A will incorporating a testamentary discretionary trust, or multiple trusts, will cost about $3k to draw up, but the tax savings should be multiples of this, especially if there are non-resident beneficiaries. It might even help with UK inheritance taxes. My understanding of UK inheritance taxes, which is probably wrong, is that it is based on the value of the estate at probate. But probate will be applied for in Australia probably thus bypassing this. If you do have UK assets you could do one wills, making sure one doesn’t cancel the other, so that the UK probate size will be minimised.
You should be seeking advice from a lawyer admitted in the UK – there should be some of these in Australia.
There are other strategies to consider such as triggering a CGT event now, and plan to reduce it. Or you could move into the one with the largest capital gains liability so that when you die the CGT liability on this one will be extinguished and the former main residence’s CGT will be minimal.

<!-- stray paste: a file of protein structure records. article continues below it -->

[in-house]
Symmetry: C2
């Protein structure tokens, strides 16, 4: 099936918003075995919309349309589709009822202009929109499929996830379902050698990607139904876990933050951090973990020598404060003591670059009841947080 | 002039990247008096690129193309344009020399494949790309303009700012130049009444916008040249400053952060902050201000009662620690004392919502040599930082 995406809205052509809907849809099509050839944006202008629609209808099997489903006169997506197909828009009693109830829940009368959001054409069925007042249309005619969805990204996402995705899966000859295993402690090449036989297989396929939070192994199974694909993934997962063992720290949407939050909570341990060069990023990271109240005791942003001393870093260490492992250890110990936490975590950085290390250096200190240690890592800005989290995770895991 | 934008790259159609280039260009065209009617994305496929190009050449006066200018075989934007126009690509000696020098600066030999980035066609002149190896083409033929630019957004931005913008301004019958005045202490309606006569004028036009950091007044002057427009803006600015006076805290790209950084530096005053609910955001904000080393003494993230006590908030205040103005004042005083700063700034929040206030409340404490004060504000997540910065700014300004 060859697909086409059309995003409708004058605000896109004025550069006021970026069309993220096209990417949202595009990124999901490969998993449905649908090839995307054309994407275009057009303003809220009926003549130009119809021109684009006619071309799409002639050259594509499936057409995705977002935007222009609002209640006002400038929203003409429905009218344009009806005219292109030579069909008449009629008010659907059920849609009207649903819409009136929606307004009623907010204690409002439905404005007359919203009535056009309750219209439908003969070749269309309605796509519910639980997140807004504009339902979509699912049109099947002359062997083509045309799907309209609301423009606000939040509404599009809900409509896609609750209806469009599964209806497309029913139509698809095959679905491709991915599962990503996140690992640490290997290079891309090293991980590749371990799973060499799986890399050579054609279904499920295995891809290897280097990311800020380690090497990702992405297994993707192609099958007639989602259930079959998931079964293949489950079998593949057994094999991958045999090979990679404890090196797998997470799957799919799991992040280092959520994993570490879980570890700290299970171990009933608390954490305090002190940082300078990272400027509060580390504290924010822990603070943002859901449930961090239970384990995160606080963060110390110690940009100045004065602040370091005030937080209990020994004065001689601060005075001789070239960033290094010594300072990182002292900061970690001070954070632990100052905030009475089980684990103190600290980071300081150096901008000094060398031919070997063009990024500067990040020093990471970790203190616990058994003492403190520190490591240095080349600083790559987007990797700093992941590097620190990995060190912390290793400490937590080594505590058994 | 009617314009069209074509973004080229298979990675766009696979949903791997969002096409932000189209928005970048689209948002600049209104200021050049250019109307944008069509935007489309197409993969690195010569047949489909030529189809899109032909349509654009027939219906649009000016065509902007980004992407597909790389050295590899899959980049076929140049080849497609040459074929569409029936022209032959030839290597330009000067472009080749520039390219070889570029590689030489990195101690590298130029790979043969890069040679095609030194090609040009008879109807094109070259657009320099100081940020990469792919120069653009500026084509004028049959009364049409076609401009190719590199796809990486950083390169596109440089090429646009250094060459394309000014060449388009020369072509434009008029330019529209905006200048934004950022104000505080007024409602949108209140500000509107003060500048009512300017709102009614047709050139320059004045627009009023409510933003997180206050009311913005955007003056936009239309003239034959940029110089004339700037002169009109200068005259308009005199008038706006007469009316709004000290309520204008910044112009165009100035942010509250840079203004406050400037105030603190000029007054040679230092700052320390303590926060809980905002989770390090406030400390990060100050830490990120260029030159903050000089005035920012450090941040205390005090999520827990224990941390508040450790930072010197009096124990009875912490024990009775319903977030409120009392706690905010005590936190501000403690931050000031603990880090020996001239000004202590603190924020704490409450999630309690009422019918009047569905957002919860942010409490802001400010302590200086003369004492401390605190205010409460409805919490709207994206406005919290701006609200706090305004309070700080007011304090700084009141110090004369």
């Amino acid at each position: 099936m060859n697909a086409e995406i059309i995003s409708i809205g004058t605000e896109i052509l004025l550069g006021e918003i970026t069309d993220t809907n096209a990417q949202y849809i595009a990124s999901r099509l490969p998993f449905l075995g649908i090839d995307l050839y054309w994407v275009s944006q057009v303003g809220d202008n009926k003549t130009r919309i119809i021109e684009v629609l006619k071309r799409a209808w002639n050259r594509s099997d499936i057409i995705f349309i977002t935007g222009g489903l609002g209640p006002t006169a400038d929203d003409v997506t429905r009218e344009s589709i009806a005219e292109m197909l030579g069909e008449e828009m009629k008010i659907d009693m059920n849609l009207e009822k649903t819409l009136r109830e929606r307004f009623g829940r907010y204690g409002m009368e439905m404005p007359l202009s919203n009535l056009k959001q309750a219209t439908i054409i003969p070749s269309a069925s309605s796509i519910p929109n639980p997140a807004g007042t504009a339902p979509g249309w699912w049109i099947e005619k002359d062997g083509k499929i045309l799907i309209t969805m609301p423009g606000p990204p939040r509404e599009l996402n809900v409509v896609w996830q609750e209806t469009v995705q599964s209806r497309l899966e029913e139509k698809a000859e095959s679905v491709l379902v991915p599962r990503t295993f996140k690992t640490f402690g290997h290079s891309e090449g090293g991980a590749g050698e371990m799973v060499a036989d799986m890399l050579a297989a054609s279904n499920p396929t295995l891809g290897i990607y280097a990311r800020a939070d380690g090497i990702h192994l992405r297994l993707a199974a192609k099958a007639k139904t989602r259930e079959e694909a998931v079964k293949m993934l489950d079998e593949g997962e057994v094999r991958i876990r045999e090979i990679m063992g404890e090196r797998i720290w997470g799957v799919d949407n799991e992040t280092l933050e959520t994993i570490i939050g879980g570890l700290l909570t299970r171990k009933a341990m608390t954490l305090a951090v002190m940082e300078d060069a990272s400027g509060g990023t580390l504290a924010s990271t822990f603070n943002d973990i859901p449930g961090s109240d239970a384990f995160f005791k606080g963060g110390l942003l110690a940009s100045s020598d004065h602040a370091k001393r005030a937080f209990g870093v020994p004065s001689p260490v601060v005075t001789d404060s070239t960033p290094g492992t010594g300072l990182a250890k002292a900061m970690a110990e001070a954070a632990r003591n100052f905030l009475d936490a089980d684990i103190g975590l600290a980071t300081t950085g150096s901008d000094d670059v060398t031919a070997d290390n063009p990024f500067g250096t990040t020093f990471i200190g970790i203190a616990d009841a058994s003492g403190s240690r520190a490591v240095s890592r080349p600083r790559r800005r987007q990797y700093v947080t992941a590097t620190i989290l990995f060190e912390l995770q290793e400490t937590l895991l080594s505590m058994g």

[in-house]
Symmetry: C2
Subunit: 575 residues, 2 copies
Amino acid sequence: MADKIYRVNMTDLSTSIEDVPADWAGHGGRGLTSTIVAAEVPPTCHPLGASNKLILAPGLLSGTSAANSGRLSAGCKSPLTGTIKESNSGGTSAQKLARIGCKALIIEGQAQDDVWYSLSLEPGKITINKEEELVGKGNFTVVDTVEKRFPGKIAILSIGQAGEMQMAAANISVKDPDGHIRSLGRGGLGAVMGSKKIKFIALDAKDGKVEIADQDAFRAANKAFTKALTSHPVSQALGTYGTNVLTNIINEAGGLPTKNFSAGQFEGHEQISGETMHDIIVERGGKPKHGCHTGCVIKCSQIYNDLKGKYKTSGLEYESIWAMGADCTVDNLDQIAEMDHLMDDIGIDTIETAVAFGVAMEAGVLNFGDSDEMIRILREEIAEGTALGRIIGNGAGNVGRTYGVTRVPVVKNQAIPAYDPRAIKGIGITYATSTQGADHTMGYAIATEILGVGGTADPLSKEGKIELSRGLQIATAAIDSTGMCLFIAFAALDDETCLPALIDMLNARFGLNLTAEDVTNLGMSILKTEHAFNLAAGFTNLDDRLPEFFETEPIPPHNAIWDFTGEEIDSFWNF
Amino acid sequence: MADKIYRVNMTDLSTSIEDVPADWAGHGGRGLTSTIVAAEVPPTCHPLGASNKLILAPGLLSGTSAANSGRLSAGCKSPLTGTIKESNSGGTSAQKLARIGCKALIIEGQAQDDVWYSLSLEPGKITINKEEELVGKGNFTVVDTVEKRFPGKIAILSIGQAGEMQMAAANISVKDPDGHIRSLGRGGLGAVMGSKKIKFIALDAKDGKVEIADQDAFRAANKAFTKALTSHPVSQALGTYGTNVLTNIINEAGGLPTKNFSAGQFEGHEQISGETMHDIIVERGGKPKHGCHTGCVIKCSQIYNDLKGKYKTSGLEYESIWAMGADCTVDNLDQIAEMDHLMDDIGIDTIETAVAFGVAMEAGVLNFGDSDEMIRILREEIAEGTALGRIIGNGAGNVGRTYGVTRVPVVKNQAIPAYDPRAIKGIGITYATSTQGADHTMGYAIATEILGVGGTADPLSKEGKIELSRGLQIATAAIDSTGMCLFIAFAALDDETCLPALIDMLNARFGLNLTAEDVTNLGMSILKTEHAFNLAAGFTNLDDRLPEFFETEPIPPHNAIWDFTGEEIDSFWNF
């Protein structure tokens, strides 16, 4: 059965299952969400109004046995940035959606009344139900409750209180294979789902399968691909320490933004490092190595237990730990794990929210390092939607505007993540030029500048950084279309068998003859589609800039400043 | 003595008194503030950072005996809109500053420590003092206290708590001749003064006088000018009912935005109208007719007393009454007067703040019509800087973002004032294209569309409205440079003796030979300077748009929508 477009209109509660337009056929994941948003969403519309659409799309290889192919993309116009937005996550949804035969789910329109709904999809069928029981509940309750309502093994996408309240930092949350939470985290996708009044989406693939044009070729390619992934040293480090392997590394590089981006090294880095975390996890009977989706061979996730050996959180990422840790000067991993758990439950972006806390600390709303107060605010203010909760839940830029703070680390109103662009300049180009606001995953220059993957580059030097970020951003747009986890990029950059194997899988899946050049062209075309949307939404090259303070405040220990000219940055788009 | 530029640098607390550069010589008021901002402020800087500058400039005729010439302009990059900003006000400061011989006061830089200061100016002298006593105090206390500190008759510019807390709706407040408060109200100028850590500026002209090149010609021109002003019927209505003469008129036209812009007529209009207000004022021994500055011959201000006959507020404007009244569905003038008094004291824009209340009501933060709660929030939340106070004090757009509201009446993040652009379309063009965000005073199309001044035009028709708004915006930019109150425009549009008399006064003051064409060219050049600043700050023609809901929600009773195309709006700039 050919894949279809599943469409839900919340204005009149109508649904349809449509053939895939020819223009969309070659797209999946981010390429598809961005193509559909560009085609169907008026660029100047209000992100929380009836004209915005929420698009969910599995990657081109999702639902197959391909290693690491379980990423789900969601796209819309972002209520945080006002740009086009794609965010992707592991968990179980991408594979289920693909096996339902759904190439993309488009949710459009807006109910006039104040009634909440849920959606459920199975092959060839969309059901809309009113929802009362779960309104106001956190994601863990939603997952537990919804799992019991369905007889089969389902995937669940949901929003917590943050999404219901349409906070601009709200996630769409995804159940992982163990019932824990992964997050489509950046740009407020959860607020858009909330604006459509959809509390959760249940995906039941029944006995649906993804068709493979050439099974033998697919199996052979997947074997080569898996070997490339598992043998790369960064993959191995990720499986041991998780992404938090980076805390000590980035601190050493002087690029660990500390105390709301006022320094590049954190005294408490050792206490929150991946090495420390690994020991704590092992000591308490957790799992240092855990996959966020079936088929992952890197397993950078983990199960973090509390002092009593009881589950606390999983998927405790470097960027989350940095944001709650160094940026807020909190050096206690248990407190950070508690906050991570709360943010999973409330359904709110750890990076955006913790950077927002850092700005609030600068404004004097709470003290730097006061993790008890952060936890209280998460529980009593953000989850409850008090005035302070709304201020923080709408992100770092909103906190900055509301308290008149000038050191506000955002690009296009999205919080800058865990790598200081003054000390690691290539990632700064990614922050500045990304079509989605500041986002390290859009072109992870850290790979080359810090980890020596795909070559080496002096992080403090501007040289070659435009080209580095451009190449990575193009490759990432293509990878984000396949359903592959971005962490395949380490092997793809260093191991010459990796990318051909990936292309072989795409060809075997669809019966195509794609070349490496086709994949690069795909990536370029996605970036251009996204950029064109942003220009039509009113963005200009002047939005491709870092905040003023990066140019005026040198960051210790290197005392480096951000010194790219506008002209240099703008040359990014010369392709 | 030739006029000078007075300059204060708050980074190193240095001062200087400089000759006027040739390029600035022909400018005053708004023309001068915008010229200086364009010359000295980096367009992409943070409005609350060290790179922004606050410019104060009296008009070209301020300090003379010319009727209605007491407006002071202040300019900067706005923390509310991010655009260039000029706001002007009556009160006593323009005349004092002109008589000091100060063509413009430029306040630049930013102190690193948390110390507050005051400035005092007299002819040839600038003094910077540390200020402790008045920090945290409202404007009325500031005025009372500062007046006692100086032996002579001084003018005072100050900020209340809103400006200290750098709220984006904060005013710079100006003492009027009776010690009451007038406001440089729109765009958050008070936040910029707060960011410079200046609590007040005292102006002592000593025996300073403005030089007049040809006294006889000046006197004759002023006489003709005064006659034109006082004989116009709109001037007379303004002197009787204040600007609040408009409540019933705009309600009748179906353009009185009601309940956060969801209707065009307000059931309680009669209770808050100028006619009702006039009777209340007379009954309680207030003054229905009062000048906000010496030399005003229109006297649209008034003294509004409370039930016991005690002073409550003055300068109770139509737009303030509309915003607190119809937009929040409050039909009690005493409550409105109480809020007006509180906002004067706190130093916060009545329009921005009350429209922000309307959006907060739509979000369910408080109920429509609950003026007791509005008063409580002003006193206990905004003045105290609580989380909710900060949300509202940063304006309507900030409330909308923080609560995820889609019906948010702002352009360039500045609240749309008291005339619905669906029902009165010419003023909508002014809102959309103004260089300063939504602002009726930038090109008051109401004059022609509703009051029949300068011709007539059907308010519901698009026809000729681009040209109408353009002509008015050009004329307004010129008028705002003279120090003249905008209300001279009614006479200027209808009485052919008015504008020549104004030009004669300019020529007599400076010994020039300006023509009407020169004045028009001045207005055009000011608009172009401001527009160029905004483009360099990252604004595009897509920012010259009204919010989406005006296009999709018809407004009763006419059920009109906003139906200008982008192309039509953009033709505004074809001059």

Thank you for your kind advice.The first paragraph, although somewhat beyond my comprehension at the moment, sounds like a sound plan.
I am a little confused by this sentence “There are other strategies to consider such as triggering a CGT event now, and plan to reduce it” Perhaps you could clarify this for me please
Our PPOR is the most valuable asset which we have.So we plan to update this property, thereby increasing its value, hopefully.
At present we have a will in Australia, we have no UK assets and my Australian daughter is the executor, but the more I think about it, this may prove too onerous for her.